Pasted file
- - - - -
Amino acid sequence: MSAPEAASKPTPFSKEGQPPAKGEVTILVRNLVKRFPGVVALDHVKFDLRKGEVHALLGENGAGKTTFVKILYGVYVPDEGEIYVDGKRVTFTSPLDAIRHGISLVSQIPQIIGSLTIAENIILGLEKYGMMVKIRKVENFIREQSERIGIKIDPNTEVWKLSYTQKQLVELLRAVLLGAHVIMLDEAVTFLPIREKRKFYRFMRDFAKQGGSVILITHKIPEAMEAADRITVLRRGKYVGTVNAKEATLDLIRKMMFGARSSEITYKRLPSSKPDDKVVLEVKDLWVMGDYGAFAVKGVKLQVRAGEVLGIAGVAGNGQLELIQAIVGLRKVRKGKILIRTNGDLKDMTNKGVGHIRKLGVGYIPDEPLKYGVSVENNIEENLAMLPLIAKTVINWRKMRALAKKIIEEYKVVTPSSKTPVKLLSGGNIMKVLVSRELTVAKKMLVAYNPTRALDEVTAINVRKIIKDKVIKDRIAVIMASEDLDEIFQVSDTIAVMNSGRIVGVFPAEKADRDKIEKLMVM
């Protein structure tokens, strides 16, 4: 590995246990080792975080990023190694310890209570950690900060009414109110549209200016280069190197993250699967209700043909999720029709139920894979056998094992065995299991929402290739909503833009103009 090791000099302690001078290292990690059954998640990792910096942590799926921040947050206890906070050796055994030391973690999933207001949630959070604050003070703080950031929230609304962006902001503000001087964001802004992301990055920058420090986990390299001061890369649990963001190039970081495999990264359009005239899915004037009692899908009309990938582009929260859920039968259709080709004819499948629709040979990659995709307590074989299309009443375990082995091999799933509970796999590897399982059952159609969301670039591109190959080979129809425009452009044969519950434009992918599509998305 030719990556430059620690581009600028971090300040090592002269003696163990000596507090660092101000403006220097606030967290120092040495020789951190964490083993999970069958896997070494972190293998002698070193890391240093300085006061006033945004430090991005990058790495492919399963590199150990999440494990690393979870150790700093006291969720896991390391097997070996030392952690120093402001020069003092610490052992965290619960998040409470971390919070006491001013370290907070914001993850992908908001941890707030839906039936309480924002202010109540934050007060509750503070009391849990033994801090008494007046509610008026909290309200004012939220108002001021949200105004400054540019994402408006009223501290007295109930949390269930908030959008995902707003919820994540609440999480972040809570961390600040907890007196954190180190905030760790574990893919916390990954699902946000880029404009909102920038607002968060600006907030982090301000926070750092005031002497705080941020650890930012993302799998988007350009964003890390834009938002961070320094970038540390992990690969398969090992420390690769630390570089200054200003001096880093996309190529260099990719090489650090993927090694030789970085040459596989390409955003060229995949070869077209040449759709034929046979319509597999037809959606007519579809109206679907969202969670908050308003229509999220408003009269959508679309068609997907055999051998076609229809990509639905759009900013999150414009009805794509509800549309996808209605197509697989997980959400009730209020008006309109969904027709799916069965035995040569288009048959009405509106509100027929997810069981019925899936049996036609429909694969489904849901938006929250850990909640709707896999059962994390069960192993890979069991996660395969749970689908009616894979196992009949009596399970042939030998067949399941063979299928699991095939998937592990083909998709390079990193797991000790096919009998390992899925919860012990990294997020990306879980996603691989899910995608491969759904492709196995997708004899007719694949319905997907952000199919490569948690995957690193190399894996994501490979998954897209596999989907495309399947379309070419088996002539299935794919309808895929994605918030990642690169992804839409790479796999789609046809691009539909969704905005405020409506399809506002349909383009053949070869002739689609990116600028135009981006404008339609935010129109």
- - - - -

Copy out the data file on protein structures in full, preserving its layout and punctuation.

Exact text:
Amino acid sequence: MSAPEAASKPTPFSKEGQPPAKGEVTILVRNLVKRFPGVVALDHVKFDLRKGEVHALLGENGAGKTTFVKILYGVYVPDEGEIYVDGKRVTFTSPLDAIRHGISLVSQIPQIIGSLTIAENIILGLEKYGMMVKIRKVENFIREQSERIGIKIDPNTEVWKLSYTQKQLVELLRAVLLGAHVIMLDEAVTFLPIREKRKFYRFMRDFAKQGGSVILITHKIPEAMEAADRITVLRRGKYVGTVNAKEATLDLIRKMMFGARSSEITYKRLPSSKPDDKVVLEVKDLWVMGDYGAFAVKGVKLQVRAGEVLGIAGVAGNGQLELIQAIVGLRKVRKGKILIRTNGDLKDMTNKGVGHIRKLGVGYIPDEPLKYGVSVENNIEENLAMLPLIAKTVINWRKMRALAKKIIEEYKVVTPSSKTPVKLLSGGNIMKVLVSRELTVAKKMLVAYNPTRALDEVTAINVRKIIKDKVIKDRIAVIMASEDLDEIFQVSDTIAVMNSGRIVGVFPAEKADRDKIEKLMVM
């Protein structure tokens, strides 16, 4: 590995246990080792975080990023190694310890209570950690900060009414109110549209200016280069190197993250699967209700043909999720029709139920894979056998094992065995299991929402290739909503833009103009 090791000099302690001078290292990690059954998640990792910096942590799926921040947050206890906070050796055994030391973690999933207001949630959070604050003070703080950031929230609304962006902001503000001087964001802004992301990055920058420090986990390299001061890369649990963001190039970081495999990264359009005239899915004037009692899908009309990938582009929260859920039968259709080709004819499948629709040979990659995709307590074989299309009443375990082995091999799933509970796999590897399982059952159609969301670039591109190959080979129809425009452009044969519950434009992918599509998305 030719990556430059620690581009600028971090300040090592002269003696163990000596507090660092101000403006220097606030967290120092040495020789951190964490083993999970069958896997070494972190293998002698070193890391240093300085006061006033945004430090991005990058790495492919399963590199150990999440494990690393979870150790700093006291969720896991390391097997070996030392952690120093402001020069003092610490052992965290619960998040409470971390919070006491001013370290907070914001993850992908908001941890707030839906039936309480924002202010109540934050007060509750503070009391849990033994801090008494007046509610008026909290309200004012939220108002001021949200105004400054540019994402408006009223501290007295109930949390269930908030959008995902707003919820994540609440999480972040809570961390600040907890007196954190180190905030760790574990893919916390990954699902946000880029404009909102920038607002968060600006907030982090301000926070750092005031002497705080941020650890930012993302799998988007350009964003890390834009938002961070320094970038540390992990690969398969090992420390690769630390570089200054200003001096880093996309190529260099990719090489650090993927090694030789970085040459596989390409955003060229995949070869077209040449759709034929046979319509597999037809959606007519579809109206679907969202969670908050308003229509999220408003009269959508679309068609997907055999051998076609229809990509639905759009900013999150414009009805794509509800549309996808209605197509697989997980959400009730209020008006309109969904027709799916069965035995040569288009048959009405509106509100027929997810069981019925899936049996036609429909694969489904849901938006929250850990909640709707896999059962994390069960192993890979069991996660395969749970689908009616894979196992009949009596399970042939030998067949399941063979299928699991095939998937592990083909998709390079990193797991000790096919009998390992899925919860012990990294997020990306879980996603691989899910995608491969759904492709196995997708004899007719694949319905997907952000199919490569948690995957690193190399894996994501490979998954897209596999989907495309399947379309070419088996002539299935794919309808895929994605918030990642690169992804839409790479796999789609046809691009539909969704905005405020409506399809506002349909383009053949070869002739689609990116600028135009981006404008339609935010129109």